By Oliver Sinnott, Director – Bond Fund Management, IQ EQ Fund Management (Ireland) Ltd
In recent weeks, we in IQ-EQ’s Fund Management team have been increasing fixed income weightings across many of our portfolios. We see the strains on the U.S. regional banking sector as a potential game changer. This is not to say that we believe this is the 2008 Global Financial Crisis all over again, but rather that it is likely to reduce lending to the U.S. economy and slow growth. We believe this strengthens the case for high-quality government bonds.
Hiking cycle almost done
Over the past year, central banks have been acting very aggressively to curb inflation. The U.S. Federal Reserve, for example, has raised rates by 5% during this time – one of the most aggressive tightening cycles in its history. Interest rate hikes dampen growth and inflation by raising the cost of finance for households and businesses. These increases work with a time lag, so their true impact has yet to be felt, but we are already seeing evidence of pressure on the most interest rate-sensitive parts of the global economy.
In addition, with the recent regional bank failures we are beginning to see financial “accidents”, which are tell-tale signs that we are in the latter stages of the tightening cycle. These come on top of earlier casualties in the cryptocurrency market.
Although we keep an open mind, we believe the fall of Credit Suisse may be an idiosyncratic event and not reflective of stresses in the European banking system.
Whether there are more skeletons in the U.S. regional bank closet remains to be seen. However, even if the banks mentioned turn out to be isolated cases (thanks in large part to the swift and extraordinary liquidity support from the U.S. authorities), we think recent events will result in less lending to the U.S. economy over the coming months.
This is because we think smaller banks are likely to turn conservative in their lending practices, fearing further deposit flight, and perhaps more importantly, because they will be preparing for stricter regulations coming down the line. This could slow growth and may even risk a recession. Given the U.S. economy’s importance to the global economy, it may also slow global growth and inflation.
Long dated bonds can rally
This scenario would be unequivocally positive for high-quality government bonds. Central banks should now be closer to pausing their respective hiking cycles, which has historically been a good time to buy bonds. And even if we enter a relatively mild recession and central banks are reluctant to cut interest rates because of stubbornly high inflation, long dated bonds have room to rally significantly.
The stresses now seen in certain parts of the economy and financial markets (with lags in the transmission of recent hikes still to be felt) are evidence that central bank interest rates are now in restrictive territory. This would imply that once inflation has normalised, the longer-term path of future interest rates should be lower. In addition, long term inflation expectations, whether measured by surveys or market-based instruments, have remained well anchored – unlike the last episode of high inflation in the 1980s. This is further supportive of long-term bond valuations.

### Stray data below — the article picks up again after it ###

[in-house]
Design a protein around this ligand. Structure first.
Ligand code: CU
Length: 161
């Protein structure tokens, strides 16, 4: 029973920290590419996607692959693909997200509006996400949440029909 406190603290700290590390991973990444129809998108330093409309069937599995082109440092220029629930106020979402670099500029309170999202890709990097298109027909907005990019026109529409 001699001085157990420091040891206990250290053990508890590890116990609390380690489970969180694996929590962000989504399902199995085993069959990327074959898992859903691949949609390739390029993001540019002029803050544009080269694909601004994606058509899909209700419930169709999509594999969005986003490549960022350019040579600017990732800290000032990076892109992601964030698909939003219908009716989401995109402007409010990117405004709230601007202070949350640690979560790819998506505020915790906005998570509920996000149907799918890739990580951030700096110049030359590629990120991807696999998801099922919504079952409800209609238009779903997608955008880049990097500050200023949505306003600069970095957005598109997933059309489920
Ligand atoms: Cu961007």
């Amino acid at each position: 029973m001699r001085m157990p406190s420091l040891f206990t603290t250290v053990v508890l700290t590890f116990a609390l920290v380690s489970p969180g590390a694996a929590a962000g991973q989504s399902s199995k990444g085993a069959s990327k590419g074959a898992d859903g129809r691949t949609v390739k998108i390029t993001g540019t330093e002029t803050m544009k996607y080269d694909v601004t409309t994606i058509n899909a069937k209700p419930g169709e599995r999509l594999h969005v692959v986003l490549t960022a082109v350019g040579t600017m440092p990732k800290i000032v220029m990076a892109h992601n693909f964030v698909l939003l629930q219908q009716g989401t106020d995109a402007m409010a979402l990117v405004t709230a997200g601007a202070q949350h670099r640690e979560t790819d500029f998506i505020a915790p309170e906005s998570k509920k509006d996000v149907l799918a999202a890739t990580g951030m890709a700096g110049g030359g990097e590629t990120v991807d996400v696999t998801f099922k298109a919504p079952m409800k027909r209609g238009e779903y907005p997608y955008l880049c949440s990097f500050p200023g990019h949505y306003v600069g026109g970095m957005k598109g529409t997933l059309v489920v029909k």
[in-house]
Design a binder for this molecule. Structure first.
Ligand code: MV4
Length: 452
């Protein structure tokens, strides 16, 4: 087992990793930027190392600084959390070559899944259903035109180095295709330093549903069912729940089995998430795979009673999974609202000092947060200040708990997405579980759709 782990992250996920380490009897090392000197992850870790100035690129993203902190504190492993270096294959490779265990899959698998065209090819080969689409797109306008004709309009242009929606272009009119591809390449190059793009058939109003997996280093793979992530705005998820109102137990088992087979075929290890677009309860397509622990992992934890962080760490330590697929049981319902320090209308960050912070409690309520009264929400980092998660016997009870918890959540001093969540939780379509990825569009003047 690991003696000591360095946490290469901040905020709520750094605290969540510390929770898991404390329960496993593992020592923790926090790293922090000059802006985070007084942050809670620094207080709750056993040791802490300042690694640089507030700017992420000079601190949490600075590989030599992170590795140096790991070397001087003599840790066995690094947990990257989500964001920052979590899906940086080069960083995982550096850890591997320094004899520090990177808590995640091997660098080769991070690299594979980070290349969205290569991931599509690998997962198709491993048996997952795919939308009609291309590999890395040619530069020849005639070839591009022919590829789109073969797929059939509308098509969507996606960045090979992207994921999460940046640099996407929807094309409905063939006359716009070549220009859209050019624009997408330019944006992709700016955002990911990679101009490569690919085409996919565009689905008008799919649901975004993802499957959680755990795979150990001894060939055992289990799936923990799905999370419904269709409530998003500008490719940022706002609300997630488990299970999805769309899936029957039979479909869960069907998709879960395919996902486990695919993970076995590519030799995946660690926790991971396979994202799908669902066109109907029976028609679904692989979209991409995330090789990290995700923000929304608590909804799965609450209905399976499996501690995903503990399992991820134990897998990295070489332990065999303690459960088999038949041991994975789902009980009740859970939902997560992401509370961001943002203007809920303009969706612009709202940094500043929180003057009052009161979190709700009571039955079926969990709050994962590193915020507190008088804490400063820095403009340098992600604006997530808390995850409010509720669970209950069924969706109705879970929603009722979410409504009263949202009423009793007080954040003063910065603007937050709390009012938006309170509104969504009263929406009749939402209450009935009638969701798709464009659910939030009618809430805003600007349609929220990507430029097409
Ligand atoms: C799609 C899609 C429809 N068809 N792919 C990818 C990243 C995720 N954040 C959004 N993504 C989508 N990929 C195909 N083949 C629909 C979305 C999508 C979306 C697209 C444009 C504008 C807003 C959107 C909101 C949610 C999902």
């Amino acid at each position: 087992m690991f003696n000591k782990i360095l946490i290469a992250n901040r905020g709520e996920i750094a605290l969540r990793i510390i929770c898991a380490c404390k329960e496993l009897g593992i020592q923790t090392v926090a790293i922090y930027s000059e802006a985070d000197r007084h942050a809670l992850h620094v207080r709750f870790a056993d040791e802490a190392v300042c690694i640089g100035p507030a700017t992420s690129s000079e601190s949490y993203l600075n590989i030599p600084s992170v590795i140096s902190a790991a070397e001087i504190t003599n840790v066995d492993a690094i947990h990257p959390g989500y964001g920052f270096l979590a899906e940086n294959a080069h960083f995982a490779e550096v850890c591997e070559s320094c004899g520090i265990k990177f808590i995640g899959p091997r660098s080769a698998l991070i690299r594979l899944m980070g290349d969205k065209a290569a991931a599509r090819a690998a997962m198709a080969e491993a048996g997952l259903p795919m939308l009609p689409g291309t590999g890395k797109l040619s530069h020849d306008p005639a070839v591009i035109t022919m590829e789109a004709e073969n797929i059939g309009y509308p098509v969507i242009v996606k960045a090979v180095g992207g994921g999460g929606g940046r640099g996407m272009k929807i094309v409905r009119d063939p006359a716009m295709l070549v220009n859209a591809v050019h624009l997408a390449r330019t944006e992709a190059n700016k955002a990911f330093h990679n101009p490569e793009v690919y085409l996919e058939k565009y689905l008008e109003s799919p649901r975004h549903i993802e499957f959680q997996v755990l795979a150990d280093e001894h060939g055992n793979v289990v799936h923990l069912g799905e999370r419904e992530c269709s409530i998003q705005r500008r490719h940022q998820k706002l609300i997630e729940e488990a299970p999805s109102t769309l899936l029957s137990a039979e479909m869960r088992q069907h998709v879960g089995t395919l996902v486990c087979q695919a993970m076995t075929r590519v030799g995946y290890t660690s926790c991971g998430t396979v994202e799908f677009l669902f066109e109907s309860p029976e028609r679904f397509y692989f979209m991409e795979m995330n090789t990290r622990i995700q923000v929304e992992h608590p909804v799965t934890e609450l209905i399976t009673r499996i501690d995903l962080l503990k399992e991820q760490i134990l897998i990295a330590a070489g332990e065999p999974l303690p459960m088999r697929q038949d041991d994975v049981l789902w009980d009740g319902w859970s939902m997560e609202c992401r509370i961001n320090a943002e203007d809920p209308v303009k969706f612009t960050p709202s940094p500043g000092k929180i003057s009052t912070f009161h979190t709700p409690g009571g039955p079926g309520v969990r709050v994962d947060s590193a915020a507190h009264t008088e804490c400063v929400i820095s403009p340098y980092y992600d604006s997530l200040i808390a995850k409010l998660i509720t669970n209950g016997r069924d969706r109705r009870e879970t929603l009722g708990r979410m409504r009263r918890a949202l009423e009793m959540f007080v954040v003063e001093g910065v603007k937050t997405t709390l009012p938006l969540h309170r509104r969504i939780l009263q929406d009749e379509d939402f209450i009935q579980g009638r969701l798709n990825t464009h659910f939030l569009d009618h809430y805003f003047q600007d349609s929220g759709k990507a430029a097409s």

Asymmetric return profile
Of course, it is possible that we are not near the interest rate peak. Growth may accelerate and/or inflation may remain high, which could put further upward pressure on bond yields. However, if this proves to be the case, the good news is that bond yields are now higher after the dramatic sell-off in 2022 and income can now significantly help offset the capital loss if yields rise.
Take the 10-year U.S. Treasury Note yielding 3.5% at the time of writing as an example. All other things equal, yields would have to rise above 4% (source: Bloomberg, as at market close on 8 May 2023) to lose money on a 12-month view given the extra coupon income earned during the period. However, if a recession were to materialise, the bond’s yield would fall (price rise) and a double-digit return would be likely in our view.
Taking this attractive risk-return profile into account, we think it is prudent to have an allocation of high-quality government bonds within balanced portfolios. Given higher funding costs and potentially less credit availability, the bar for any marginally profitable business or investment to stay afloat has been raised considerably over the past year. More accidents may be waiting in the wings and allocating to bonds may help to protect portfolios against future downside risk.